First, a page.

Surprise is the greatest gift which life can grant us.
My colleague Jeff was worried. We were both professors at a large state university, working with juniors and seniors in literacy methods courses. One of his students, Amanda, recently lost her mother to cancer, and now she’d missed the last two classes in his secondary English methods class. He’d called her repeatedly and talked with her roommate but couldn’t reach Amanda. Finally the roommate told him Amanda was at soccer practice and would be there for another hour. Jeff hung up the phone (because this was back in the days when phones had cords and you actually hung them up), put on his jacket, and walked 10 minutes across campus to the sports fields, where he found Amanda and told her he was worried about her. She cried a little, promised to come to the next class, and didn’t skip class again for the rest of the semester.
When Jeff told me this story, I was astonished. I rarely called students when they missed class, certainly never visited them personally at a sports practice. We talk a lot about doing “extra” as educators, but Jeff made me realize the unexpected is what has the biggest impact.
Og Mandino once wrote, “The only certain means of success is to render more and better service than is expected of you, no matter what your task may be.”
Joe Clark explains the way “more and better” works for administrators: “People expect school administrators to be at the Friday night football game. They don’t expect them to bring Popsicles to band camp. Or go to the bowling team’s match or the Mock Trial team’s performance.”
We do a lot of the “extra,” but maybe we need more of the unexpected. Most of us don’t have more to give. Maybe it’s a matter of surprising people with the unexpected in a way that truly makes them rethink their relationship with us, and our commitment to their work.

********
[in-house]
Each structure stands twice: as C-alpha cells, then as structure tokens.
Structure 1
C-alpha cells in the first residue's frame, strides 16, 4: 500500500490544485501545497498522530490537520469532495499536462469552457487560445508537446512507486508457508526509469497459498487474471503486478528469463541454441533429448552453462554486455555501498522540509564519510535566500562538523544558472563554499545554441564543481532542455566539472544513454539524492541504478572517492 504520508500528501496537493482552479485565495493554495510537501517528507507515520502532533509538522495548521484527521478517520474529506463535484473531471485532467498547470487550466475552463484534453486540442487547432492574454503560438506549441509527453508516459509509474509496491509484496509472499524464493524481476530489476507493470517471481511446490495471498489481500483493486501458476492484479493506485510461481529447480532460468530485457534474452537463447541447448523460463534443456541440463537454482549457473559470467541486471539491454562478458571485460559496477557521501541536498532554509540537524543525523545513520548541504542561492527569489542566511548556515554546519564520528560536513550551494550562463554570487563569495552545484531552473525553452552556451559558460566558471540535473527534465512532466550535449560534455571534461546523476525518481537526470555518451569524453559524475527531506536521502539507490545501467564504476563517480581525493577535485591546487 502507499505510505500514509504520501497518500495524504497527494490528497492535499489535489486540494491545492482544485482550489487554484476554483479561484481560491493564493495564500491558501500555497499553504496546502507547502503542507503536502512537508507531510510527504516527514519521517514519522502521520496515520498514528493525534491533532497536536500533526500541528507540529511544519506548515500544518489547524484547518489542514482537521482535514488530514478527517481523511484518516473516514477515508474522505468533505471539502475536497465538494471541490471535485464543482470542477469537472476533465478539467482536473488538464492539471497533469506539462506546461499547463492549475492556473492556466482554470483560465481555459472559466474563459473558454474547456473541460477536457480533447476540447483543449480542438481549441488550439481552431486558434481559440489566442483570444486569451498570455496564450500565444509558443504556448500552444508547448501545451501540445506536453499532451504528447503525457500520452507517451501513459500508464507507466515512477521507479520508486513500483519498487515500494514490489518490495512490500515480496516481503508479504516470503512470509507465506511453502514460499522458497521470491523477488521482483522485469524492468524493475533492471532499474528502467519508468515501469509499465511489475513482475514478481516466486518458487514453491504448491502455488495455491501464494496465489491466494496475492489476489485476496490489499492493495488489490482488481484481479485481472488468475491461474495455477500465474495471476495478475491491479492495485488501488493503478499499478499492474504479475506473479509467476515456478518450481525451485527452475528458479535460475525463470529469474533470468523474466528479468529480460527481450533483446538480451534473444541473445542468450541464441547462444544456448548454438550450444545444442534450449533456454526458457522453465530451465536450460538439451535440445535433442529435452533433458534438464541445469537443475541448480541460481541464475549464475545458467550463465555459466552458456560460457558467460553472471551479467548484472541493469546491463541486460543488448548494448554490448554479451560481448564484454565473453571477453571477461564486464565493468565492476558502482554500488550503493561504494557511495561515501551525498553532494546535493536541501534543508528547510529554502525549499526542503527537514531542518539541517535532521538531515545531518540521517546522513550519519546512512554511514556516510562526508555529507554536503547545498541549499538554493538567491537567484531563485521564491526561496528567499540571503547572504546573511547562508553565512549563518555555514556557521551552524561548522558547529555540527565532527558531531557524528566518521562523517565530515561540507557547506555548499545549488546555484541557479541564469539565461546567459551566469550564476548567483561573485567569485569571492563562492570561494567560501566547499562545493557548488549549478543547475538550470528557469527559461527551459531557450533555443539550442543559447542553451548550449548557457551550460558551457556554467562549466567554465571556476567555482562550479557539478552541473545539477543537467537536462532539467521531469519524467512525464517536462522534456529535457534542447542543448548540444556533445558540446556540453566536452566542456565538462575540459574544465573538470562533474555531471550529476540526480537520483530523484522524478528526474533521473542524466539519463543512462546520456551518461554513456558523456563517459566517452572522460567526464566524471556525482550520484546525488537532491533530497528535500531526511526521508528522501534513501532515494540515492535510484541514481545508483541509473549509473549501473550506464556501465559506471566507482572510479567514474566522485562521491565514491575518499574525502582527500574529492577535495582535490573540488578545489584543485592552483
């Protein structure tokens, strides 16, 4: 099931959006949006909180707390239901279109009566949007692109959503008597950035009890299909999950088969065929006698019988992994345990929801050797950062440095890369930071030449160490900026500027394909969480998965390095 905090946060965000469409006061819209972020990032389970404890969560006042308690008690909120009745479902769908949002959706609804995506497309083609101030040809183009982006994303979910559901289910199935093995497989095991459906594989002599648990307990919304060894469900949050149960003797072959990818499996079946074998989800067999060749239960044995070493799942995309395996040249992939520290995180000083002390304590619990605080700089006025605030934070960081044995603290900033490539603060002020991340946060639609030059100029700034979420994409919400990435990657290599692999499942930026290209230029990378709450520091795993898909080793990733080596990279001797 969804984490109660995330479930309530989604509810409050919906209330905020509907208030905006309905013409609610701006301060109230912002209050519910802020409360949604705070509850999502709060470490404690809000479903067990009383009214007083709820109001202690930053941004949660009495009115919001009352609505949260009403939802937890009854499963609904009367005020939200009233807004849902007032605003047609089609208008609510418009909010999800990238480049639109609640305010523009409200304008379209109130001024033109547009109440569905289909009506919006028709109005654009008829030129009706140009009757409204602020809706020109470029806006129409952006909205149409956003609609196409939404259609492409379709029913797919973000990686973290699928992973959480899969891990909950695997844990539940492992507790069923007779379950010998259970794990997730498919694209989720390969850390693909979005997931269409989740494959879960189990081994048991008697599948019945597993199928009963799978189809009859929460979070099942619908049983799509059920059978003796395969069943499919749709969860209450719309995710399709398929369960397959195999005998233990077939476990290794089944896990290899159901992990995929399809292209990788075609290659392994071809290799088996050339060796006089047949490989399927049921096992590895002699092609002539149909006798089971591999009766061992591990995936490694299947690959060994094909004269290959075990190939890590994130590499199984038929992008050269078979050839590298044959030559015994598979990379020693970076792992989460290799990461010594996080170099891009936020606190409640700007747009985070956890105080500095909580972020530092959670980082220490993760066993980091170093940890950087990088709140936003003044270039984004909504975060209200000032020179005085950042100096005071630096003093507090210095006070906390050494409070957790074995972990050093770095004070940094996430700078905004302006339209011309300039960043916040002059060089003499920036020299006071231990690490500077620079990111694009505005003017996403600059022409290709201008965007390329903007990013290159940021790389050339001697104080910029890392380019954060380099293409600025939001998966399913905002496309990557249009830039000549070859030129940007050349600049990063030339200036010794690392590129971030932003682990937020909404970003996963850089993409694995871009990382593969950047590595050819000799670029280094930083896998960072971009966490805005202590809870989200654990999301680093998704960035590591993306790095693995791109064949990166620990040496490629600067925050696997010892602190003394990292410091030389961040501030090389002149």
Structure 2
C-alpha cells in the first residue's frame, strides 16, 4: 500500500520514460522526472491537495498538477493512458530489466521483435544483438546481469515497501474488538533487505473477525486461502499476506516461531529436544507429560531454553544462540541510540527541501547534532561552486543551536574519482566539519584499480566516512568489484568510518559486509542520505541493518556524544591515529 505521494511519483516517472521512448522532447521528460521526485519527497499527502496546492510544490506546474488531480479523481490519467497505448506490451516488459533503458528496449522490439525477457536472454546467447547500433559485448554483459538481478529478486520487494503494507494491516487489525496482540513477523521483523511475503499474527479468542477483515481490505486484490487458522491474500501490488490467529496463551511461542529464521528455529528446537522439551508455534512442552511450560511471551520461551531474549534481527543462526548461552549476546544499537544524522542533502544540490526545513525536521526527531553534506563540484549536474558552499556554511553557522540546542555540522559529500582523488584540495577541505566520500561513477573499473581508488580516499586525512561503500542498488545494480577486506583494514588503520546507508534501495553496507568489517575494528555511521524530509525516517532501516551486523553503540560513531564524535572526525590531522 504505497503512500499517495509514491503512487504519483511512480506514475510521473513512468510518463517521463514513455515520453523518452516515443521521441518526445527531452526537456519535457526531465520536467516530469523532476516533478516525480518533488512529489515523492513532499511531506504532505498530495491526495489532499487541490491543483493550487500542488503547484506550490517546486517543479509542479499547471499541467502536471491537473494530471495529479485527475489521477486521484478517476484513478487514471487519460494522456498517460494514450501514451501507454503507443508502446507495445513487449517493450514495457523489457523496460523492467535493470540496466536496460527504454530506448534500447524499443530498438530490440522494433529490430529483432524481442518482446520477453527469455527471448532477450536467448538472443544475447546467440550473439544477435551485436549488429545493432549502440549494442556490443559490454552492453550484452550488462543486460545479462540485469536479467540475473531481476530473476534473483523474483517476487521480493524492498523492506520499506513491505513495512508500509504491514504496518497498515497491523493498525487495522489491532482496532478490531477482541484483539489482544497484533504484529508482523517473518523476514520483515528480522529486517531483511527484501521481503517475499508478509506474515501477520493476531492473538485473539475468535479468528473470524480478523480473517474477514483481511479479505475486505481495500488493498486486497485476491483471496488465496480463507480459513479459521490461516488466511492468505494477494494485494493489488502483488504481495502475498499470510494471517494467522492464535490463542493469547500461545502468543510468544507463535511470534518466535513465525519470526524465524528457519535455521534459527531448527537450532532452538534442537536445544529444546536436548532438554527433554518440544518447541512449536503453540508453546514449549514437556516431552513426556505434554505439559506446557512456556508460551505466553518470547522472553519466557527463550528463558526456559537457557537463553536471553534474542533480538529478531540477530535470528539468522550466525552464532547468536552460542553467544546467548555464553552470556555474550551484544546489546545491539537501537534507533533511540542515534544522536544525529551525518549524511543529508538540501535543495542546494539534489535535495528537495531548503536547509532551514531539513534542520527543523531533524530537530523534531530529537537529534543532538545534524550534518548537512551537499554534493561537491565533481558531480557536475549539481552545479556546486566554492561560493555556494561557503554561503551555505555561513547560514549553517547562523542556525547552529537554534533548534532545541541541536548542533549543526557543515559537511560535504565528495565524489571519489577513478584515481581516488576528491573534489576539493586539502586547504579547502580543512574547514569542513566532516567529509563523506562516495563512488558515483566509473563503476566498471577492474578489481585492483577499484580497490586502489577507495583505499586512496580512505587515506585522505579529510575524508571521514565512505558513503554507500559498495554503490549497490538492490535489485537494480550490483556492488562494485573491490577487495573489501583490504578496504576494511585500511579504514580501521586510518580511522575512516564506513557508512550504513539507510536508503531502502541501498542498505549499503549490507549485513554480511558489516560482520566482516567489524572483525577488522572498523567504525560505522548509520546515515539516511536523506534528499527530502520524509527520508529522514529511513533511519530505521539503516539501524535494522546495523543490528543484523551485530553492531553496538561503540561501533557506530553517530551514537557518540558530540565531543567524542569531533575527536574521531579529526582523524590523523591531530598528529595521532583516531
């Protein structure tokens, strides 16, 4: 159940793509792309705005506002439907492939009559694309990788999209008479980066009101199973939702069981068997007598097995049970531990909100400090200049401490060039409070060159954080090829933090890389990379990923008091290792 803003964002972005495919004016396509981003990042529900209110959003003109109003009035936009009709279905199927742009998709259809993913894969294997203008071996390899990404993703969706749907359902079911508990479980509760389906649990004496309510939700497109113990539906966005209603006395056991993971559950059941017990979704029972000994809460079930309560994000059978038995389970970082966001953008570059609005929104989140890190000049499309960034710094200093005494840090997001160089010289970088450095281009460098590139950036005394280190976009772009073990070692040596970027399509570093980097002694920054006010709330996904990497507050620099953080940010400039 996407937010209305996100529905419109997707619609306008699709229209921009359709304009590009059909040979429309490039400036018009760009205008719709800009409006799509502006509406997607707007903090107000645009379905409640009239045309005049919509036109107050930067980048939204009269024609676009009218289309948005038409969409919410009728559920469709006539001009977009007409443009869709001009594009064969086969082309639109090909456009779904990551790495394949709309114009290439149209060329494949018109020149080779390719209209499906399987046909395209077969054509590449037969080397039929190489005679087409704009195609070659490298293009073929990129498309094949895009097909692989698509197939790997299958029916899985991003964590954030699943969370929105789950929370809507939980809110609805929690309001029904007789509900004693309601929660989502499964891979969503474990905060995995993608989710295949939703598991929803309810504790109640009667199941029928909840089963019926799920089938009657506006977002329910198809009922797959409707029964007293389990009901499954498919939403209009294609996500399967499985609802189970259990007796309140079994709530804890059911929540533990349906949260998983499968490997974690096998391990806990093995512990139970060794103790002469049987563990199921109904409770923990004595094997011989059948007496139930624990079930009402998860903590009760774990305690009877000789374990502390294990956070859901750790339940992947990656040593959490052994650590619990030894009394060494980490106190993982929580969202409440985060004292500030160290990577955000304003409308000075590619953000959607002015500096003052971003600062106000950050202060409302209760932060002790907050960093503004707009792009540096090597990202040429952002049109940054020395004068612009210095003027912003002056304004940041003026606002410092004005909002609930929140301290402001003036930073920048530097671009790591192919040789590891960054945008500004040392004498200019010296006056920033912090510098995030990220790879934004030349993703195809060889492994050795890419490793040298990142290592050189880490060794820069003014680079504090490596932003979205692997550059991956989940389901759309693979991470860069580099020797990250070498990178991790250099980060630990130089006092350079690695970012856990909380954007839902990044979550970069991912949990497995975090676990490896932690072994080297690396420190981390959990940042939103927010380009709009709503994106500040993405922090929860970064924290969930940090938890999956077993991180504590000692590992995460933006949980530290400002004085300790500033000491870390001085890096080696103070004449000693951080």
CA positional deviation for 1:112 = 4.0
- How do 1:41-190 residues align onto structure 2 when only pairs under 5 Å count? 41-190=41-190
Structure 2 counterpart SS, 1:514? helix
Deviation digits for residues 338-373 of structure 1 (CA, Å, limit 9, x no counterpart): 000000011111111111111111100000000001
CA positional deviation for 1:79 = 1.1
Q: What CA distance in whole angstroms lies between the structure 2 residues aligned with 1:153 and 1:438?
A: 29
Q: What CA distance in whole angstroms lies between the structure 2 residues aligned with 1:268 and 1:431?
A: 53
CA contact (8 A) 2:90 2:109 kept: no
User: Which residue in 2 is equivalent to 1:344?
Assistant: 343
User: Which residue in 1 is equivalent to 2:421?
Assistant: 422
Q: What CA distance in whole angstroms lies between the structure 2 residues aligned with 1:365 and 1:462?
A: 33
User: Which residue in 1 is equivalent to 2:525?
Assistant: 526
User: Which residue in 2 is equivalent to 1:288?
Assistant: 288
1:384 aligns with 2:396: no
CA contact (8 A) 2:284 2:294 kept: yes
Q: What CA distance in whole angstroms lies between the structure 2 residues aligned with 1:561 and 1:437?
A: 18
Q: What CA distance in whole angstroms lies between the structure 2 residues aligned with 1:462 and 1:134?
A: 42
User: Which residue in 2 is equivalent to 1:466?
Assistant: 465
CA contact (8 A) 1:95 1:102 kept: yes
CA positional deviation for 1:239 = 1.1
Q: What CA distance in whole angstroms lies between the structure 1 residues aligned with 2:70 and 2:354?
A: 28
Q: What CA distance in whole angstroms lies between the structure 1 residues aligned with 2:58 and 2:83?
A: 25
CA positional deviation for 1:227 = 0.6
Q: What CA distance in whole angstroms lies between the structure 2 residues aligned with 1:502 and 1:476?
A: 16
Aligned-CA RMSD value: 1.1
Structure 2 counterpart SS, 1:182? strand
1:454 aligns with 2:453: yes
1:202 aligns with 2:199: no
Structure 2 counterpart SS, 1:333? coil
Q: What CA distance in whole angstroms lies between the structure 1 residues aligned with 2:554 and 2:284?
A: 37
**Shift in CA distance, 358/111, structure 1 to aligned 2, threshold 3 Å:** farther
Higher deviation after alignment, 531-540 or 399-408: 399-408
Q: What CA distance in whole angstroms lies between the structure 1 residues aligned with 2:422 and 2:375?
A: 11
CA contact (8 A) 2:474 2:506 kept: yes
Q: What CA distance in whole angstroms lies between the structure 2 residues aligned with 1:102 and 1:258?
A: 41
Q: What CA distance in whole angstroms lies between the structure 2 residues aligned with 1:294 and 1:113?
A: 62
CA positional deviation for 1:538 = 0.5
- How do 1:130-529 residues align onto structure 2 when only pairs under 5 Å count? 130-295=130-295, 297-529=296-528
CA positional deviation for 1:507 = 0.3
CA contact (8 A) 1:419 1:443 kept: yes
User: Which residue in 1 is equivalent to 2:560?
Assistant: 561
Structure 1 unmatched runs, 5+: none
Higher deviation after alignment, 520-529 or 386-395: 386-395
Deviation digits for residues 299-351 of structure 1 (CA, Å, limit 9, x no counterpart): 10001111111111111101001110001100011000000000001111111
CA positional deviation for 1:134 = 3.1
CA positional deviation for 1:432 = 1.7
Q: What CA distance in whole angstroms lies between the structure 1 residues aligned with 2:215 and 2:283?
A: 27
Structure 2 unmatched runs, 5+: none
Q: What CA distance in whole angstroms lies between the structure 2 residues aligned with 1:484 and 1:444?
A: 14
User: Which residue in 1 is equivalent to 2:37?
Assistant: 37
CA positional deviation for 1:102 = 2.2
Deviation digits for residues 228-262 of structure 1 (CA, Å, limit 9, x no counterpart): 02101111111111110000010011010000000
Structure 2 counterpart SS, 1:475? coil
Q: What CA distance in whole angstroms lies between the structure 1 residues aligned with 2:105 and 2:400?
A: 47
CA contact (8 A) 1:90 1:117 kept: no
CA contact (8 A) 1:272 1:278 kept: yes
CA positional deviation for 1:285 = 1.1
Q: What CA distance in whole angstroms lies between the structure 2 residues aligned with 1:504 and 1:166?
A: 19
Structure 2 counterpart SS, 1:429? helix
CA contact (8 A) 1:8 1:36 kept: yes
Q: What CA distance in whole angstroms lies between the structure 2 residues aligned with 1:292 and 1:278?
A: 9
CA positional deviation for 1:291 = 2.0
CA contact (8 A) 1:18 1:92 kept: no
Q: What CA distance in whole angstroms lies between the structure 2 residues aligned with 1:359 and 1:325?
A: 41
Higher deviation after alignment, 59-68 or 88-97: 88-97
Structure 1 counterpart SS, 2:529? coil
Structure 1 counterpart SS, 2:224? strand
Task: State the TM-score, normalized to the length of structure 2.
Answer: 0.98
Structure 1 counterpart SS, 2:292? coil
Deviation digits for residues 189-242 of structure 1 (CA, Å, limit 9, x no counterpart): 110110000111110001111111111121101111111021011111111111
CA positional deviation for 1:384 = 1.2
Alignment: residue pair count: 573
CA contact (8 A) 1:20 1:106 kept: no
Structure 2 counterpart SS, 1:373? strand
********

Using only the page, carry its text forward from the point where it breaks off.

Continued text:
This week we look at finding writing topics. Plus more as always — enjoy!
Founder, Choice Literacy
Free for All
[For sneak peeks at our upcoming features, quotes and extra links, follow Choice Literacy on Twitter: @ChoiceLiteracy or Facebook: http://www.facebook.com/ChoiceLiteracy or Pinterest: http://pinterest.com/choiceliteracy/]
Here are two different takes from the archives on helping students write.
Gifted students can struggle to write, if only because their skills can get in the way. Michelle Kelly has advice for working with writers who are perfectionists and verbally skilled:
In The Pause That Refreshes, Suzy Kaback advises teachers to stop and encourage students to write when the conversation gets hot:
What is the value in taking a break from writing? In On Not Writing, Bill Hayes shares what he learned as a professional writer who abandoned the craft for years before finally returning to it:
For Members Only
A paid membership gives you access to all premium content. For details on trial and annual memberships, click here.
Mary Lee Hahn deals with writer’s block personally, and is inspired to create a list of ways for Getting Traction When There is Nothing to Write About:
Katherine Sokolowski is Rethinking Writing Notebooks in her fifth-grade classroom:
In this week’s video, Ruth Ayres confers with Bode about the difference between personal narratives and memoirs, and the value of mining the writing journal for topics:
Tony Keefer takes the leap and commits to sharing more of his writing process with students in Teacher as Mentor Writer:
Finally, Sean Moore demonstrates to second graders how to find topics in his writer’s notebook in this encore video:
That’s all for this week!